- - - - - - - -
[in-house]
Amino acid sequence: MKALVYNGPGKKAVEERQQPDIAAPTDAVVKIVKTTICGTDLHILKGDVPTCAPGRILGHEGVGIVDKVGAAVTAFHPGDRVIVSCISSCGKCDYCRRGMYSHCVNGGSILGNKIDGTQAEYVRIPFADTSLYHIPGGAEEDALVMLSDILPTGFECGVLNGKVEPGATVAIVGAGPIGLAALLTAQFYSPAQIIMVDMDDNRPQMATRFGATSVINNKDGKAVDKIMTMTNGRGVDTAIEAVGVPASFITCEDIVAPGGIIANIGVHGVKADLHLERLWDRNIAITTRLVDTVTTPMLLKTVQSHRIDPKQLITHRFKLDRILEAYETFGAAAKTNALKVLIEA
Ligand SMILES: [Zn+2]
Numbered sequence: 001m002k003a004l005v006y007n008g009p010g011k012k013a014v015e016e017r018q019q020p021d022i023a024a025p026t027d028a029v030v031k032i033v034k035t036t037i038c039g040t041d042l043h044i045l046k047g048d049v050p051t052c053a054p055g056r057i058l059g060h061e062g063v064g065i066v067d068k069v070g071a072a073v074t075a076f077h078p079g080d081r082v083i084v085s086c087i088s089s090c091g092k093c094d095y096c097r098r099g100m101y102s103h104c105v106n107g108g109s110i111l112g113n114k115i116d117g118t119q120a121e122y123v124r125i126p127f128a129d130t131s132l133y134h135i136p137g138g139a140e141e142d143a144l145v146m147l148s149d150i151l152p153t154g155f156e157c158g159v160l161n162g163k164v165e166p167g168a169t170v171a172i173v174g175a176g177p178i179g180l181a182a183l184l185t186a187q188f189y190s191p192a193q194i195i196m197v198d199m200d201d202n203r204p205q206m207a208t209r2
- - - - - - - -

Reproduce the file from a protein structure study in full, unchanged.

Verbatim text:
[in-house]
Amino acid sequence: MKALVYNGPGKKAVEERQQPDIAAPTDAVVKIVKTTICGTDLHILKGDVPTCAPGRILGHEGVGIVDKVGAAVTAFHPGDRVIVSCISSCGKCDYCRRGMYSHCVNGGSILGNKIDGTQAEYVRIPFADTSLYHIPGGAEEDALVMLSDILPTGFECGVLNGKVEPGATVAIVGAGPIGLAALLTAQFYSPAQIIMVDMDDNRPQMATRFGATSVINNKDGKAVDKIMTMTNGRGVDTAIEAVGVPASFITCEDIVAPGGIIANIGVHGVKADLHLERLWDRNIAITTRLVDTVTTPMLLKTVQSHRIDPKQLITHRFKLDRILEAYETFGAAAKTNALKVLIEA
Ligand SMILES: [Zn+2]
Numbered sequence: 001m002k003a004l005v006y007n008g009p010g011k012k013a014v015e016e017r018q019q020p021d022i023a024a025p026t027d028a029v030v031k032i033v034k035t036t037i038c039g040t041d042l043h044i045l046k047g048d049v050p051t052c053a054p055g056r057i058l059g060h061e062g063v064g065i066v067d068k069v070g071a072a073v074t075a076f077h078p079g080d081r082v083i084v085s086c087i088s089s090c091g092k093c094d095y096c097r098r099g100m101y102s103h104c105v106n107g108g109s110i111l112g113n114k115i116d117g118t119q120a121e122y123v124r125i126p127f128a129d130t131s132l133y134h135i136p137g138g139a140e141e142d143a144l145v146m147l148s149d150i151l152p153t154g155f156e157c158g159v160l161n162g163k164v165e166p167g168a169t170v171a172i173v174g175a176g177p178i179g180l181a182a183l184l185t186a187q188f189y190s191p192a193q194i195i196m197v198d199m200d201d202n203r204p205q206m207a208t209r2